Virtual Witness Confrontation in Criminal Cases: A Proposal to Use Videoconferencing Technology in Maritime Piracy Trials
Indiana University Robert H. McKinney School of Law
November 21, 2012
Vanderbilt Journal of Transnational Law, Vol. 45, p. 1283, 2012
Indiana University Robert H. McKinney School of Law Research Paper No. 2012-28
Maritime piracy is a serious problem, yet states are not prosecuting captured pirates with any regularity. One of the many reasons cited to explain this phenomenon focuses on the expense and difficulty of mounting cases of such international proportions and which involve evidence, suspects, victims, and witnesses from around the globe. In an effort to help close the impunity gap that surrounds piracy, this Article offers a potential solution to the difficulties associated with obtaining live witness testimony. It proposes a rule to allow witnesses under some circumstances to testify remotely by way of two-way, live videoconferencing technology. While remote testimony need not become the norm in maritime piracy cases, the proposed rule is carefully structured to balance both the public’s and the defendant’s interest in a fair trial.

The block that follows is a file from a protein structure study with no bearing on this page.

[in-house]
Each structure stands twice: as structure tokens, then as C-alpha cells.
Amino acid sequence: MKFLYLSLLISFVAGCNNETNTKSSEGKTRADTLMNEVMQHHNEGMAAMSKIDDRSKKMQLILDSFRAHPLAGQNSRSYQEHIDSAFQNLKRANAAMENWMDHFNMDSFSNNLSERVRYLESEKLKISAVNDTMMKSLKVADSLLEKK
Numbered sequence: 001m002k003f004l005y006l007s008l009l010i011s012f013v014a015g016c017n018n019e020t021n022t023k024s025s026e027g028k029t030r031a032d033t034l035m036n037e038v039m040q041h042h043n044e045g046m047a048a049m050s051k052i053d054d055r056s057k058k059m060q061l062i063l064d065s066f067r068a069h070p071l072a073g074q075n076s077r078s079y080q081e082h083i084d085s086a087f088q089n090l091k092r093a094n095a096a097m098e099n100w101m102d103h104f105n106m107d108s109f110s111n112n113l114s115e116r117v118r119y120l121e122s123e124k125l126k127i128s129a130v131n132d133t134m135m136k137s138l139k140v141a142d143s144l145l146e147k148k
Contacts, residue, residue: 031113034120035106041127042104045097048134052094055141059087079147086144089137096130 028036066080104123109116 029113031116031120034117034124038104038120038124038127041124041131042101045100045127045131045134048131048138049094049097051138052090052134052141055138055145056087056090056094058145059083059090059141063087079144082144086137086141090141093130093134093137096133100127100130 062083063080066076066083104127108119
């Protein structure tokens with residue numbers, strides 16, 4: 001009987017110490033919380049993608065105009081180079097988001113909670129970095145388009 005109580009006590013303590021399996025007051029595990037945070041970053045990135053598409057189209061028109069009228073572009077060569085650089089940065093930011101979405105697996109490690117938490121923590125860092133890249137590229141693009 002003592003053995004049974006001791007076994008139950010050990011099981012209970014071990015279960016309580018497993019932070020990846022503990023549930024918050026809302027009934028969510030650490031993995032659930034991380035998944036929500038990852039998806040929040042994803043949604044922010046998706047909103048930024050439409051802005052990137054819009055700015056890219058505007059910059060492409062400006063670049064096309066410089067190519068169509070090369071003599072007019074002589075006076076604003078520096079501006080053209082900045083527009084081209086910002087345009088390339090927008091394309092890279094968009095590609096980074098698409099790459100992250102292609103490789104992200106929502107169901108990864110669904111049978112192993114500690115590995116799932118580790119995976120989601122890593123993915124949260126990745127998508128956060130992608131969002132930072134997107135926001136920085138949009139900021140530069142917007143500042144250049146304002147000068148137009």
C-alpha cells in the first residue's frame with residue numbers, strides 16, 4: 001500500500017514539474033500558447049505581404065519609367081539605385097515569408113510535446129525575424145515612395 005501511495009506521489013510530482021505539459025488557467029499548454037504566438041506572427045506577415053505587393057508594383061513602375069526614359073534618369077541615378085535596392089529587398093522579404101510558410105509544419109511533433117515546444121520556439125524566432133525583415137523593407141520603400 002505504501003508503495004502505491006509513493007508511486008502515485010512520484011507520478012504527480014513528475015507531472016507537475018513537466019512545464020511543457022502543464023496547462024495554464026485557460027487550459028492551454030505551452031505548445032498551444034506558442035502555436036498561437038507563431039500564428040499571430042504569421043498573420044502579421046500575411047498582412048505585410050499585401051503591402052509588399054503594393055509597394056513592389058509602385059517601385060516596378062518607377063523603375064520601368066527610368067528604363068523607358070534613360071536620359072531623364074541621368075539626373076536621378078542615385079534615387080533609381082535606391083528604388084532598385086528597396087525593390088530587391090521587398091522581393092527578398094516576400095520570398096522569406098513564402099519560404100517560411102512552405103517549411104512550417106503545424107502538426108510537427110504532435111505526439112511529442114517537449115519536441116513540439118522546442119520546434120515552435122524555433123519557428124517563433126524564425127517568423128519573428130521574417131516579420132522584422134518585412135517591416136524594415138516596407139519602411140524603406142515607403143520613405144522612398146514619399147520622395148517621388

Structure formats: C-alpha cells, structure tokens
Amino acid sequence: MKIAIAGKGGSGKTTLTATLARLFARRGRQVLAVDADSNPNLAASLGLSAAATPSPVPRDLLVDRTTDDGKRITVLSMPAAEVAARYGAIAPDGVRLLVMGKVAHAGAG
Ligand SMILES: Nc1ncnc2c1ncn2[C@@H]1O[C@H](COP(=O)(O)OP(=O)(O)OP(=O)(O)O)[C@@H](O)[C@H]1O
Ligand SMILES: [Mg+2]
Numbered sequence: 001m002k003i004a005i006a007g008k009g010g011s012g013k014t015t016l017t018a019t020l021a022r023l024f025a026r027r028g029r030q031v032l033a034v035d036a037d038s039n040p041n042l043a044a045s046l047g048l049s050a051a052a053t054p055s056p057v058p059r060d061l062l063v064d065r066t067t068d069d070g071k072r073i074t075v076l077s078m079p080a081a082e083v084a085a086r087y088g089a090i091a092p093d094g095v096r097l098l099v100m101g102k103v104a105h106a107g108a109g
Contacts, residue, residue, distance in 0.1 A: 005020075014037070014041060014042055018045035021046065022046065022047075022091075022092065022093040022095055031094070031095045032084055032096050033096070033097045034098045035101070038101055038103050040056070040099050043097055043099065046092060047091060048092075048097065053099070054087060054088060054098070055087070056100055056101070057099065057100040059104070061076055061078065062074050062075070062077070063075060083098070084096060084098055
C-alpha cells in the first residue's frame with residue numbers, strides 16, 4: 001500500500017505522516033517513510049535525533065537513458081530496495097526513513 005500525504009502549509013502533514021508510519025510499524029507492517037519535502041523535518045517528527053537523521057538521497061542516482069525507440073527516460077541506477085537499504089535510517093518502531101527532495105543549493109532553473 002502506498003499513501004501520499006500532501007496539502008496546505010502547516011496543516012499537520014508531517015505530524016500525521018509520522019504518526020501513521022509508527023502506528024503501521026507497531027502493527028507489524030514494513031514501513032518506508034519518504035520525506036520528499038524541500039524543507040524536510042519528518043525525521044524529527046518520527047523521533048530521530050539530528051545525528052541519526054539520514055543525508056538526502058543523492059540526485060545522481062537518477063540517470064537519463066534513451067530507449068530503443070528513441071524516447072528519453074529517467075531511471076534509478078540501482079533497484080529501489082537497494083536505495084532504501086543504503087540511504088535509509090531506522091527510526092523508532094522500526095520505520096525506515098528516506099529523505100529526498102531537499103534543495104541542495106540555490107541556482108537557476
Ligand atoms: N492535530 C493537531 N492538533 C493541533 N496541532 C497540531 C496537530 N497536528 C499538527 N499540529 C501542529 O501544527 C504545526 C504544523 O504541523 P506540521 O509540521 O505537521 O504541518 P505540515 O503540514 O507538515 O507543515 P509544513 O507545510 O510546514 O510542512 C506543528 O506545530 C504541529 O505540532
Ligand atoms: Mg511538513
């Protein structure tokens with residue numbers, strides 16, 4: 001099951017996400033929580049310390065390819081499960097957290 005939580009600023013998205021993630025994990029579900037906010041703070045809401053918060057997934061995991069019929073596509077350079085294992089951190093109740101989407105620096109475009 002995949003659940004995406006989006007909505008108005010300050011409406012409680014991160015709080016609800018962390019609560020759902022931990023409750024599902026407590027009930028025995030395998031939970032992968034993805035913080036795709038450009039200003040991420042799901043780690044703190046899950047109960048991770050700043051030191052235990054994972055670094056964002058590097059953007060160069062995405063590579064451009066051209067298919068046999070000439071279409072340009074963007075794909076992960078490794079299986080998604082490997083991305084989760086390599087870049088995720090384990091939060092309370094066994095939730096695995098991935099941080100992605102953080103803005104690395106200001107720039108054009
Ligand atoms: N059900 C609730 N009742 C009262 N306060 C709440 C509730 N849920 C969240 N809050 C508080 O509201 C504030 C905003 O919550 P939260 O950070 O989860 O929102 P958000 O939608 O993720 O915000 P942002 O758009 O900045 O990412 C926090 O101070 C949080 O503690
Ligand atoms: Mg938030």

Number of Pages in PDF File: 59
Date posted: November 21, 2012 ; Last revised: December 15, 2012
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